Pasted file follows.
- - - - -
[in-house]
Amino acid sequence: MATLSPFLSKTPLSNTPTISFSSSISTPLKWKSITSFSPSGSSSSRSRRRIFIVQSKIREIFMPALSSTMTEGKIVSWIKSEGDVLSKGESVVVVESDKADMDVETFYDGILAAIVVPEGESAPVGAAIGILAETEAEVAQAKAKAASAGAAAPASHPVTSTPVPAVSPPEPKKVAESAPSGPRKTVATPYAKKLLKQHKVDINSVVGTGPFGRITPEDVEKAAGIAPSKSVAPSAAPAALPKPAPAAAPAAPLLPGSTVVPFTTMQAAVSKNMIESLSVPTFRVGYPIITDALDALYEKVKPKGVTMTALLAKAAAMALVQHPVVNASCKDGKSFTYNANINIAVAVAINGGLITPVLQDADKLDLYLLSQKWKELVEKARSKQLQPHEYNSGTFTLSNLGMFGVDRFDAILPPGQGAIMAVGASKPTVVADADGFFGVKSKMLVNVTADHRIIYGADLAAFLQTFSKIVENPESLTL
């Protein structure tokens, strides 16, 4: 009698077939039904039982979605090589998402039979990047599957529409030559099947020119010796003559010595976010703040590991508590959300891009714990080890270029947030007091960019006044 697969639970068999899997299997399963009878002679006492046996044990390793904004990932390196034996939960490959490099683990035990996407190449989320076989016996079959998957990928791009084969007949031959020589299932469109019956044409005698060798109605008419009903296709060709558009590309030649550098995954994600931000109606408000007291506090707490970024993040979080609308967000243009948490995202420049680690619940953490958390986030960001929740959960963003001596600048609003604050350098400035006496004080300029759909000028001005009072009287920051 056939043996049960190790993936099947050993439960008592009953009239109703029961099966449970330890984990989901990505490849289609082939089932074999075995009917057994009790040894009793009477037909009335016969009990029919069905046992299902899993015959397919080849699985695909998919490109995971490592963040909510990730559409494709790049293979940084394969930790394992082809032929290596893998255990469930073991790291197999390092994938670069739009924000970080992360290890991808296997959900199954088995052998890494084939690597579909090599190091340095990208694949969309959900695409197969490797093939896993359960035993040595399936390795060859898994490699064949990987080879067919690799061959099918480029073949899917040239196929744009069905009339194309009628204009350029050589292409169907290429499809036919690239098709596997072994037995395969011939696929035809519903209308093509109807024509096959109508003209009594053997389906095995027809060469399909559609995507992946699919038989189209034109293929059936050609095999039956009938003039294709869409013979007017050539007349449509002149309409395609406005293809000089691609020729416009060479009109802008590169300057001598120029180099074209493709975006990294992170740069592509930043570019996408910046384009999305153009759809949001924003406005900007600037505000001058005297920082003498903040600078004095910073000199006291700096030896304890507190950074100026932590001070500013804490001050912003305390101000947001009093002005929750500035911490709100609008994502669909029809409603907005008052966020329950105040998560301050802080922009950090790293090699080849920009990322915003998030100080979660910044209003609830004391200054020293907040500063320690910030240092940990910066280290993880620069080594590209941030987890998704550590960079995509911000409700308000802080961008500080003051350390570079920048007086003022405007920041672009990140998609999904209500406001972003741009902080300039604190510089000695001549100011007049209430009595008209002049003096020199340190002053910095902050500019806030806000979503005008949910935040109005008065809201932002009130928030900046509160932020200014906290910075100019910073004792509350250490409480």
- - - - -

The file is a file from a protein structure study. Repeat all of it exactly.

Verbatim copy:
[in-house]
Amino acid sequence: MATLSPFLSKTPLSNTPTISFSSSISTPLKWKSITSFSPSGSSSSRSRRRIFIVQSKIREIFMPALSSTMTEGKIVSWIKSEGDVLSKGESVVVVESDKADMDVETFYDGILAAIVVPEGESAPVGAAIGILAETEAEVAQAKAKAASAGAAAPASHPVTSTPVPAVSPPEPKKVAESAPSGPRKTVATPYAKKLLKQHKVDINSVVGTGPFGRITPEDVEKAAGIAPSKSVAPSAAPAALPKPAPAAAPAAPLLPGSTVVPFTTMQAAVSKNMIESLSVPTFRVGYPIITDALDALYEKVKPKGVTMTALLAKAAAMALVQHPVVNASCKDGKSFTYNANINIAVAVAINGGLITPVLQDADKLDLYLLSQKWKELVEKARSKQLQPHEYNSGTFTLSNLGMFGVDRFDAILPPGQGAIMAVGASKPTVVADADGFFGVKSKMLVNVTADHRIIYGADLAAFLQTFSKIVENPESLTL
């Protein structure tokens, strides 16, 4: 009698077939039904039982979605090589998402039979990047599957529409030559099947020119010796003559010595976010703040590991508590959300891009714990080890270029947030007091960019006044 697969639970068999899997299997399963009878002679006492046996044990390793904004990932390196034996939960490959490099683990035990996407190449989320076989016996079959998957990928791009084969007949031959020589299932469109019956044409005698060798109605008419009903296709060709558009590309030649550098995954994600931000109606408000007291506090707490970024993040979080609308967000243009948490995202420049680690619940953490958390986030960001929740959960963003001596600048609003604050350098400035006496004080300029759909000028001005009072009287920051 056939043996049960190790993936099947050993439960008592009953009239109703029961099966449970330890984990989901990505490849289609082939089932074999075995009917057994009790040894009793009477037909009335016969009990029919069905046992299902899993015959397919080849699985695909998919490109995971490592963040909510990730559409494709790049293979940084394969930790394992082809032929290596893998255990469930073991790291197999390092994938670069739009924000970080992360290890991808296997959900199954088995052998890494084939690597579909090599190091340095990208694949969309959900695409197969490797093939896993359960035993040595399936390795060859898994490699064949990987080879067919690799061959099918480029073949899917040239196929744009069905009339194309009628204009350029050589292409169907290429499809036919690239098709596997072994037995395969011939696929035809519903209308093509109807024509096959109508003209009594053997389906095995027809060469399909559609995507992946699919038989189209034109293929059936050609095999039956009938003039294709869409013979007017050539007349449509002149309409395609406005293809000089691609020729416009060479009109802008590169300057001598120029180099074209493709975006990294992170740069592509930043570019996408910046384009999305153009759809949001924003406005900007600037505000001058005297920082003498903040600078004095910073000199006291700096030896304890507190950074100026932590001070500013804490001050912003305390101000947001009093002005929750500035911490709100609008994502669909029809409603907005008052966020329950105040998560301050802080922009950090790293090699080849920009990322915003998030100080979660910044209003609830004391200054020293907040500063320690910030240092940990910066280290993880620069080594590209941030987890998704550590960079995509911000409700308000802080961008500080003051350390570079920048007086003022405007920041672009990140998609999904209500406001972003741009902080300039604190510089000695001549100011007049209430009595008209002049003096020199340190002053910095902050500019806030806000979503005008949910935040109005008065809201932002009130928030900046509160932020200014906290910075100019910073004792509350250490409480």